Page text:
“With record talent shortages around the world, it’s no longer a question of simply finding talent; we need to build it.” — Jonas Prising, CEO, ManpowerGroup
With each new headline, it is becoming more and more evident that organizations need to prioritize their talent acquisition strategies now. The labor shortage is the worst in ten years, and 90% of American companies have job openings. Forty-six percent of US employers report difficulty in filling jobs with skilled trade workers, sales representatives and drivers – the hardest positions to fill.
The problem is not just an American one either. Globally, 45% of employers say they can’t find the skilled talent they need, up from 40% in 2017 and the highest in over a decade. Again, skilled trades positions — electricians, mechanics, welders are the hardest to fill, with IT roles jumping seven places from last year to take second place.
How are organizations responding to the talent crisis?
We are seeing a massive shift towards the training and development of current employees to fill the gaps. The number of employers using this strategy has doubled from one in five to over half. Most organizations already see the inherent value in training their talent. Firstly, it gives employees the opportunity to develop and progress within their career and the organization, a primary motivator in both seeking employment and staying with the company. Secondly, organizations get the talent and skills they need for future success in a way that is cheaper and builds employee engagement. Recent research by Deloitte shows that internal employees can develop the same skills as an external hire in 9-12 months at one-sixth of the cost.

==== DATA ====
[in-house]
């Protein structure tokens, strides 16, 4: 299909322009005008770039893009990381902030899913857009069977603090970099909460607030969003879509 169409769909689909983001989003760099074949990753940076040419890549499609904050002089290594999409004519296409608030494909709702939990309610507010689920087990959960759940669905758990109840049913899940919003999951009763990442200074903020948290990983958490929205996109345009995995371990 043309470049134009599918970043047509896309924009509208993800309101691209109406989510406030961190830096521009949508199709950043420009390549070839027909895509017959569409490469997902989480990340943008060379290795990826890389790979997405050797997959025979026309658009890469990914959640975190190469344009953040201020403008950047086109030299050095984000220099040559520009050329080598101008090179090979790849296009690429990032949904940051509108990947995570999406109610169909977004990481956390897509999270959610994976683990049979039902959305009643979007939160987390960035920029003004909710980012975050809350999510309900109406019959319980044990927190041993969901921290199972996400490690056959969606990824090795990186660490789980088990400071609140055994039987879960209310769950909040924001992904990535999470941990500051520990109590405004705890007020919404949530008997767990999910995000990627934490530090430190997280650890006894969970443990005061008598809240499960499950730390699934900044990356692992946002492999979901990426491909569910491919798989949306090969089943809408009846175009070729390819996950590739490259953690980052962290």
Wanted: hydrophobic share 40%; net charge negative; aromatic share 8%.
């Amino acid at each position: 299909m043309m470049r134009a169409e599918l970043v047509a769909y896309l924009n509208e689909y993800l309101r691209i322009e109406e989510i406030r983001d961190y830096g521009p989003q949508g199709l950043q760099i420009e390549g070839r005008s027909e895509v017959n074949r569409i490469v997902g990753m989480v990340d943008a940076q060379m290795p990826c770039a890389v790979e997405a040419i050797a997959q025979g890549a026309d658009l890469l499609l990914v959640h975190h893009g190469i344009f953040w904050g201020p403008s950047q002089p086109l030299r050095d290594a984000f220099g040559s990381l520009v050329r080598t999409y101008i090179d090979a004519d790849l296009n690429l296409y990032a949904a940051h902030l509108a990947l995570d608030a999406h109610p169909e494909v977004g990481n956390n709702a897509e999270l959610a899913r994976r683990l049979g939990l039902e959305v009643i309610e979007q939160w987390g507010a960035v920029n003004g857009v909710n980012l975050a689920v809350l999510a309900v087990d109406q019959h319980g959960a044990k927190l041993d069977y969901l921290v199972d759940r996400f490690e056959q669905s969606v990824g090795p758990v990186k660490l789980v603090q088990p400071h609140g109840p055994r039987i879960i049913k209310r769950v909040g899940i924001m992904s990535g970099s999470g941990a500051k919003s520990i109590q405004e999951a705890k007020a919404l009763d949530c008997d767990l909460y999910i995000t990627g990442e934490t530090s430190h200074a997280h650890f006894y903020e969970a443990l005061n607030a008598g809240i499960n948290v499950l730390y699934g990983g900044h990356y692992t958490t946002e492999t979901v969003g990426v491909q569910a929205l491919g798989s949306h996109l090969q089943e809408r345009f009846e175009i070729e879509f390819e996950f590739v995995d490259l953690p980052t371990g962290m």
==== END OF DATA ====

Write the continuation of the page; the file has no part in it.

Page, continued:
In short, with learning and development initiatives, employees see a career trajectory and companies get the talent they need and desire; it’s a win-win. However, despite this, it would appear that many organizations are not quite achieving these desired outcomes primarily because they fail to align talent development initiatives with the organization’s strategic goals. In one study, only 27% of those involved said their learning is effective in helping achieve business goals, and only 52% believed their organization is ready to do anything about it.
So how do you solve this dilemma?
Simple. Make learning a strategic priority.
Aaron Laznovsky’s How Learning Drives Talent: Creating the Talent You Need In-House whitepaper explores in detail the steps organizations should take to accomplish this. He describes the six practices that help managers and employees put learning first. Namely, you must ensure that the learning is relevant, is integrated into the flow of work, is offered in easy to consume bite-sized chunks, is self-paced and supported, and ultimately the employee is rewarded, and achievements are noted.
Align learning with business goals
For learning to impact business outcomes, organizations must also ensure measures are taken to connect learning and enterprise value. Again, Laznovsky addresses this and offers sound practical advice that organizations can use to support the achievement of the critical business goals.
Working in tandem, making learning a strategic priority throughout their workforce, and aligning every learning and development initiative behind clearly articulated business objectives, is the way forward.
To get these steps and start preparing your workforce of the future today, download How Learning Drives Talent: Creating the Talent You Need In-House.